Georgia Bill Passes Senate

Dave Hardy isn’t sure what the gutted version of HB89 really accomplishes other than allowing carry in State parks.

The news article says that it’s limited to CCW holders who have permission from the employer. But that’d make little sense — if you have the parking lot owner’s permission, anyone can store a gun there. So I have no idea what the Senate bill would do in that regard.

So what are the chances of getting rid of Georgia’s other carry restrictions at this point?

5 Responses to “Georgia Bill Passes Senate”

  1. Ed Stone says:

    Several provisions made it over from HB 915 to HB 89. In addition to the car carry provisi0n (not parking lots, but the original HB 89 that was pushing last year, permitting concealed weapons in cars), the Senate Rules Committee attached the provisions from HB 915 that force probate judges to issue firearms licenses within 45 days (GCO had several members who waited more than a year) and the provision that makes straw purchases a felony (Bloomberg Amendment). In addition, the Senate attached an amendment that removes the restriction on Georgia Firearms License holders carrying in State Parks, Historic Sites, and Recreational Areas. This last amendment is one of the goals of HB 915, but this amendment had its own language rather than using language from HB 915.

    The State Parks amendment was sadly made possible by a high profile kidnapping and murder that occurred earlier this month in a State Park. I sincerely hope we do not have to wait for high profile murders to occur in each of Georgia’s many off limits locations before Georgians regain the ability to protect themselves in these locations without running afoul of Georgia’s criminal laws.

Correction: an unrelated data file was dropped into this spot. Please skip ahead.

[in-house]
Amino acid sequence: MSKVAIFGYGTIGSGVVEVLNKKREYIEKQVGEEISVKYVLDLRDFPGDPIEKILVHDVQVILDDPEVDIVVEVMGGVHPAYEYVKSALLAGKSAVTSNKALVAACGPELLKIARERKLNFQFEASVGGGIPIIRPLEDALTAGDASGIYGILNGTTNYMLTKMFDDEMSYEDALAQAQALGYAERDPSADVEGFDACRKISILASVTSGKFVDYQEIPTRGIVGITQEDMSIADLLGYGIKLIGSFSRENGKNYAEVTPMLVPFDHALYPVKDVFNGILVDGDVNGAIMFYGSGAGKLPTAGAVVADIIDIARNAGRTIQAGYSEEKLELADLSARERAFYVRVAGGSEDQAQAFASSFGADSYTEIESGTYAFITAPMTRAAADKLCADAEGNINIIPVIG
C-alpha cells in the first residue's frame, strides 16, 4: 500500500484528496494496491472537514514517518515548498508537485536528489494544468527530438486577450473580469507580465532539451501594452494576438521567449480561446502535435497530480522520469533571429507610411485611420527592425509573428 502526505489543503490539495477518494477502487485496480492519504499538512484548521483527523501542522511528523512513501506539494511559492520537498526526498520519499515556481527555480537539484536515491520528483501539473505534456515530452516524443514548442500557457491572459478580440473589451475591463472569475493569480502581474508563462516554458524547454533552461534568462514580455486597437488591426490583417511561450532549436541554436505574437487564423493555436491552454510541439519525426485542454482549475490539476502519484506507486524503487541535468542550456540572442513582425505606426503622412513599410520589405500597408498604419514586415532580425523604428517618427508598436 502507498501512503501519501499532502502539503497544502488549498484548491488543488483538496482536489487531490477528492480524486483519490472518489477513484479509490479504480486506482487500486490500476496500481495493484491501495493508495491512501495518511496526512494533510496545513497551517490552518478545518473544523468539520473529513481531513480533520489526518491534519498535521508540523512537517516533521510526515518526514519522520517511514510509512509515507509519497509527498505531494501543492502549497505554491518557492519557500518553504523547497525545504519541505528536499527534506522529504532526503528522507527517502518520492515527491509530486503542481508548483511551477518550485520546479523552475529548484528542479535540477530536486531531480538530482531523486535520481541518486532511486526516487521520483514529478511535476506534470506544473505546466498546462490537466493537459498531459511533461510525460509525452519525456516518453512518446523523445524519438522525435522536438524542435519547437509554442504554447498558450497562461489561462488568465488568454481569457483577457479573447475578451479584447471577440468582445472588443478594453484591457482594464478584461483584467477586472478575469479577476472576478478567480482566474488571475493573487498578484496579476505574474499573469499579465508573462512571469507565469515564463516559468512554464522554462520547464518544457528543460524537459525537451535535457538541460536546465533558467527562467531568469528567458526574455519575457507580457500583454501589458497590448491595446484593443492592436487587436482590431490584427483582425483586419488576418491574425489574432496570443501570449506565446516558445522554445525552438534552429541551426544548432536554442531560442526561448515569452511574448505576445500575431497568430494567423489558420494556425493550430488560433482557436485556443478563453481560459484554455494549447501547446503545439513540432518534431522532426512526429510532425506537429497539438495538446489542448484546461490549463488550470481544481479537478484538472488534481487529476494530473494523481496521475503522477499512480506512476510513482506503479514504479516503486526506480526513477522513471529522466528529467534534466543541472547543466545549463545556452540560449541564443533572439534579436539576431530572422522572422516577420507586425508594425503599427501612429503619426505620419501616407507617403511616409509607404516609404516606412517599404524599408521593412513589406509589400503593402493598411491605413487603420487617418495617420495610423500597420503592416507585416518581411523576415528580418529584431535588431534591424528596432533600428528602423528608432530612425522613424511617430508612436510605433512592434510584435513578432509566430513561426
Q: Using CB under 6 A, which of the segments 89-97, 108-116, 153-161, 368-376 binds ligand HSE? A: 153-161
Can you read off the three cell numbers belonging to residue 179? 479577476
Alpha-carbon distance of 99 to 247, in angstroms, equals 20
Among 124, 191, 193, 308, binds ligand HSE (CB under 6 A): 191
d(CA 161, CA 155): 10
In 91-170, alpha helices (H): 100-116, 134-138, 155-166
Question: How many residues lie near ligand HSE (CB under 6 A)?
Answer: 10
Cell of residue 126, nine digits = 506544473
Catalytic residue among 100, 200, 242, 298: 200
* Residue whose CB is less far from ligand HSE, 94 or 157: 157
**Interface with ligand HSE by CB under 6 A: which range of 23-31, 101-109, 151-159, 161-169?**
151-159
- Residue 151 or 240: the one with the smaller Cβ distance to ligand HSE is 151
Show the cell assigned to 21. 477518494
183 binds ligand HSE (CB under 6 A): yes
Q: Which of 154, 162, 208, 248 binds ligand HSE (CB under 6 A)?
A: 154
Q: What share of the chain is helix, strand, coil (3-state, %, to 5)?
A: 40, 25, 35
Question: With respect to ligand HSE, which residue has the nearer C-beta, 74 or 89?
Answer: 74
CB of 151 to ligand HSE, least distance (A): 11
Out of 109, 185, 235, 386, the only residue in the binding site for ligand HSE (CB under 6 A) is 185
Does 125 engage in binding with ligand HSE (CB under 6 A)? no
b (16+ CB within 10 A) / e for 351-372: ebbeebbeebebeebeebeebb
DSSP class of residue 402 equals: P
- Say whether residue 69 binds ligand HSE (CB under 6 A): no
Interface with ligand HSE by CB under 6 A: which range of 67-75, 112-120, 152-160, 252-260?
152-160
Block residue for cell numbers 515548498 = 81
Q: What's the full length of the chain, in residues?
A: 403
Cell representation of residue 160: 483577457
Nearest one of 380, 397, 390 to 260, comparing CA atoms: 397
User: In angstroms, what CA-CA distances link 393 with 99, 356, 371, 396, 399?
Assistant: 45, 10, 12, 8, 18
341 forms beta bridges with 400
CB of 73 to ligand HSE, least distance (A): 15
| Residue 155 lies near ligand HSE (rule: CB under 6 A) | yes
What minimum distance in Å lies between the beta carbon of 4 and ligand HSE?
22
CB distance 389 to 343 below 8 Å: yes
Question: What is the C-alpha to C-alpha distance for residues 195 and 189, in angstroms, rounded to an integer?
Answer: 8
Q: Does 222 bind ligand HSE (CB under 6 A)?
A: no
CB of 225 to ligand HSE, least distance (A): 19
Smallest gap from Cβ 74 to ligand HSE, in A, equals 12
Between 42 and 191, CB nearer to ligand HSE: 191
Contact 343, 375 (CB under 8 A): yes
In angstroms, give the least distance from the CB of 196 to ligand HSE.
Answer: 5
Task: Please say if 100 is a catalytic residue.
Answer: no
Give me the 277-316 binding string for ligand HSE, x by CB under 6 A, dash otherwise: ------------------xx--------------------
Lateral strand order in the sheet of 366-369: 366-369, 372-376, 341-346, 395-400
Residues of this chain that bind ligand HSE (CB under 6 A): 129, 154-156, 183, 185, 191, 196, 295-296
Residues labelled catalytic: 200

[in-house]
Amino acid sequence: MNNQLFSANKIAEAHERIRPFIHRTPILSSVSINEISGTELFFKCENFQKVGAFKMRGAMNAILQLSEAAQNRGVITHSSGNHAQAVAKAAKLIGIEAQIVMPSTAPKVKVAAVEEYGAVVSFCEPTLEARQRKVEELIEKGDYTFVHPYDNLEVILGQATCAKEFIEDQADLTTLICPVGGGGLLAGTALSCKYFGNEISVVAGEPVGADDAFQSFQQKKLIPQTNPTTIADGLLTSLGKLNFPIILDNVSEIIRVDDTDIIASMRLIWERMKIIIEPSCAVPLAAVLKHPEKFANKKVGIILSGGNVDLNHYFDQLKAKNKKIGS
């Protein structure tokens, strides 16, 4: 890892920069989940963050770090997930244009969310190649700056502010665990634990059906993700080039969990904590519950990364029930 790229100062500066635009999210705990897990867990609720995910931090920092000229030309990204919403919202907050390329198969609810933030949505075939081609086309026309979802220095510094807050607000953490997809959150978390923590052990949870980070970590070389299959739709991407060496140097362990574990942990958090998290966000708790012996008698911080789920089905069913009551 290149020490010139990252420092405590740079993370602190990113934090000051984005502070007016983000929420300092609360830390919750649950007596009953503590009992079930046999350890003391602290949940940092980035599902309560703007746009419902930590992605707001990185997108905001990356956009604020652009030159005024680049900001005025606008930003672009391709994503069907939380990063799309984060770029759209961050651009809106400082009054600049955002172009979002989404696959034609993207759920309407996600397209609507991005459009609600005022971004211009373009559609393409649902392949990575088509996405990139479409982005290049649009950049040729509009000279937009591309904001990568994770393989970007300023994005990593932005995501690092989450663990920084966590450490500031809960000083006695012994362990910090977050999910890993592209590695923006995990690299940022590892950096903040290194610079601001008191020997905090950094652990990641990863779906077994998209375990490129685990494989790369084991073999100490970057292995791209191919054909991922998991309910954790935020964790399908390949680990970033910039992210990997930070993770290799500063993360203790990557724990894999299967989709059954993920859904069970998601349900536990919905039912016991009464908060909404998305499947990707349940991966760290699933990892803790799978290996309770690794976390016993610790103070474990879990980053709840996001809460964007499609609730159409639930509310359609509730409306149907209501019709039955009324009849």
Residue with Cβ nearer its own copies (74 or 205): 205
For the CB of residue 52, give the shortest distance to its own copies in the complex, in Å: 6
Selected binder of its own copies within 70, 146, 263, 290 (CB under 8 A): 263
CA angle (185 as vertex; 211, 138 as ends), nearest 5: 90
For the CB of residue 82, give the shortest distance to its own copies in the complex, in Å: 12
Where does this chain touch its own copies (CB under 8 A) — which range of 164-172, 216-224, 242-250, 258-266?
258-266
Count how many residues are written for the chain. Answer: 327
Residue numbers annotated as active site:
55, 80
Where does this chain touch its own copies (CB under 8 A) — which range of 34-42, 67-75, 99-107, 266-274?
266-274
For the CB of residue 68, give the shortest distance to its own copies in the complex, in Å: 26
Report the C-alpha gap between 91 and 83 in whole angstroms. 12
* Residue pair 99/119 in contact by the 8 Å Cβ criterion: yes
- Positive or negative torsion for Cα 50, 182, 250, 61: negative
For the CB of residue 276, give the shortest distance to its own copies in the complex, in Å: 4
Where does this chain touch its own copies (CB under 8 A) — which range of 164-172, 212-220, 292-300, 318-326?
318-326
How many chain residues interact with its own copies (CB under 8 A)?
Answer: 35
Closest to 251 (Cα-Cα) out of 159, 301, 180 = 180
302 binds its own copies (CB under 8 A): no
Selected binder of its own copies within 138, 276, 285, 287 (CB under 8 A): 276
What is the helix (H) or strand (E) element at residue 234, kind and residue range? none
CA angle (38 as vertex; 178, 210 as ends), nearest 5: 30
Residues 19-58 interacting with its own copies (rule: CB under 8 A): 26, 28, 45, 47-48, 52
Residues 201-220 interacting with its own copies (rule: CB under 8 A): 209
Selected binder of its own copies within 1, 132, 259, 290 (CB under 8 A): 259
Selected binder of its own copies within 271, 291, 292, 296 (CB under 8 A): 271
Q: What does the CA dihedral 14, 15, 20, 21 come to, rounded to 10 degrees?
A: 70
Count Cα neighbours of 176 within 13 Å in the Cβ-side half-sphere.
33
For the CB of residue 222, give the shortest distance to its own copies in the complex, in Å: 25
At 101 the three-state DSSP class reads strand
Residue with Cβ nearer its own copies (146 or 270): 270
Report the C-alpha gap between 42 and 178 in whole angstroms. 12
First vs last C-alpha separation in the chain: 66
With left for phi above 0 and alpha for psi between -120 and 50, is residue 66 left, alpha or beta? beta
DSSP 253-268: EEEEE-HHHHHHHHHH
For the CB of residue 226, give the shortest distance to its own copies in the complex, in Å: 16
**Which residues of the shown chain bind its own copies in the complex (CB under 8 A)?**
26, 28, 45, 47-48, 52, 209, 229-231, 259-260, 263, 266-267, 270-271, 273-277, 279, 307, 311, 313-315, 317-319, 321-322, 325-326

GCO is still working on amending HB 89 to repeal more places off limits, but regardless of what happens, GCO will continue to urge passage of HB 915, which was just assigned this week to the House Judiciary NonCivil Committee (the next step in the process).

    Sadly, if HB 89 passes in its current form, many parking lots are still areas where possession of a gun will make one a criminal. HB 89 affected employer rules, but it did not address Georgia’s criminal laws (other than State Parks).

    Therefore, in spite of language in the bill that purports to make “public employers” subject to the law, it is still a CRIME to park in a parking lot adjacent to a publicly owned building. In what other kind of building do public employees work?

    Same goes for parking lots at mass transit (bus, train, or plane, and this one is a felony), churches, places that serve alcohol, sporting events, and the list goes on.

    In all honesty, I think the NRA was well intentioned at first, but had no real clue about Georgia law.

  2. Sebastian says:

    Thanks for the update.

  3. You’ve been following this more closely than I have–what are your thoughts on today’s developments?

  4. Sebastian says:

    Thanks for the heads up. Looks like a positive development. My take is:

    NRA tried and failed to get their full parking lot bill through, and, having to accept a half victory on that issue, brought in most aspects of HB 915, from what it looks like.

  5. Sebastian says:

    Also, the amendment is sponsored by Tim Bearden, who I know works with the guys, so it’s possibly everyone decided to kiss and make up, so everyone could go away with something.